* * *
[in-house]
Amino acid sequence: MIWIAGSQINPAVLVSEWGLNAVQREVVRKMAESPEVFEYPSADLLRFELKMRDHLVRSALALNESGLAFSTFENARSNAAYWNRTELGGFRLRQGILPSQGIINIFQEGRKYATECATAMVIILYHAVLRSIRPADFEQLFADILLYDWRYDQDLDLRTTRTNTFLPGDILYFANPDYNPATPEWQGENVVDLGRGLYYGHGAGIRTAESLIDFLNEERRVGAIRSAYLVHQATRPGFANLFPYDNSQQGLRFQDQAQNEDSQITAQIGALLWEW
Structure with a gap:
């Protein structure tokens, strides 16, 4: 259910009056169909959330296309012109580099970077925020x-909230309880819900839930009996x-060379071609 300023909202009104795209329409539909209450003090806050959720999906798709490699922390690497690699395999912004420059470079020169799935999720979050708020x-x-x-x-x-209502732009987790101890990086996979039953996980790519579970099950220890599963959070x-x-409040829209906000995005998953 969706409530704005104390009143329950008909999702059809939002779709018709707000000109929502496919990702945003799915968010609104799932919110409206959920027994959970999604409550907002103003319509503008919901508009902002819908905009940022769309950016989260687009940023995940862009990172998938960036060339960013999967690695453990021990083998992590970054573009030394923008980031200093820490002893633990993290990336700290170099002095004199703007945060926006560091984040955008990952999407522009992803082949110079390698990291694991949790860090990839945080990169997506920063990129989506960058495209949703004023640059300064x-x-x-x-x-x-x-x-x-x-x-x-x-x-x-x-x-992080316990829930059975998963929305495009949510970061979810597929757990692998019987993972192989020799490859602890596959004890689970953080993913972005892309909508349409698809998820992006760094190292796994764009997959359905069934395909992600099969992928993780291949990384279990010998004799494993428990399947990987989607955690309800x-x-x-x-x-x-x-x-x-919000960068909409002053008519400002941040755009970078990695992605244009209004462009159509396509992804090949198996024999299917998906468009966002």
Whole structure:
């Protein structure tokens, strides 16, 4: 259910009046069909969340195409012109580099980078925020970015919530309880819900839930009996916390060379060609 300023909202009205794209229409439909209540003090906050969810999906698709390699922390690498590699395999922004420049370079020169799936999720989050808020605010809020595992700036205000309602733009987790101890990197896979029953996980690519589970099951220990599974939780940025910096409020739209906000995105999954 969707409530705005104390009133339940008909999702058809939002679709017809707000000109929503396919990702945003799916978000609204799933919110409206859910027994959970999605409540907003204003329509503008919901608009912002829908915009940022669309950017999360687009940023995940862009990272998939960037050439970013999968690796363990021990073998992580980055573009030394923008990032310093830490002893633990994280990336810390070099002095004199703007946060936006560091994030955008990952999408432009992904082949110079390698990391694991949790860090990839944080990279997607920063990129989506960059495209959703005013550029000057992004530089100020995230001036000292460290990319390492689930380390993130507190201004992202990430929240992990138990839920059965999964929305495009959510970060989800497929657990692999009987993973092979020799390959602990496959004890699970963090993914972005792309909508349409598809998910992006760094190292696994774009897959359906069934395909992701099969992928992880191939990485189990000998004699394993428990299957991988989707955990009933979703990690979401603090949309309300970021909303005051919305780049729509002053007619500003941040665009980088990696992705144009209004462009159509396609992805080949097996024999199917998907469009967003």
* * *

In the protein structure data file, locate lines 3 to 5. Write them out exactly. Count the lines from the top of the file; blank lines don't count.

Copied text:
Structure with a gap:
């Protein structure tokens, strides 16, 4: 259910009056169909959330296309012109580099970077925020x-909230309880819900839930009996x-060379071609 300023909202009104795209329409539909209450003090806050959720999906798709490699922390690497690699395999912004420059470079020169799935999720979050708020x-x-x-x-x-209502732009987790101890990086996979039953996980790519579970099950220890599963959070x-x-409040829209906000995005998953 969706409530704005104390009143329950008909999702059809939002779709018709707000000109929502496919990702945003799915968010609104799932919110409206959920027994959970999604409550907002103003319509503008919901508009902002819908905009940022769309950016989260687009940023995940862009990172998938960036060339960013999967690695453990021990083998992590970054573009030394923008980031200093820490002893633990993290990336700290170099002095004199703007945060926006560091984040955008990952999407522009992803082949110079390698990291694991949790860090990839945080990169997506920063990129989506960058495209949703004023640059300064x-x-x-x-x-x-x-x-x-x-x-x-x-x-x-x-x-992080316990829930059975998963929305495009949510970061979810597929757990692998019987993972192989020799490859602890596959004890689970953080993913972005892309909508349409698809998820992006760094190292796994764009997959359905069934395909992600099969992928993780291949990384279990010998004799494993428990399947990987989607955690309800x-x-x-x-x-x-x-x-x-919000960068909409002053008519400002941040755009970078990695992605244009209004462009159509396509992804090949198996024999299917998906468009966002």
Whole structure: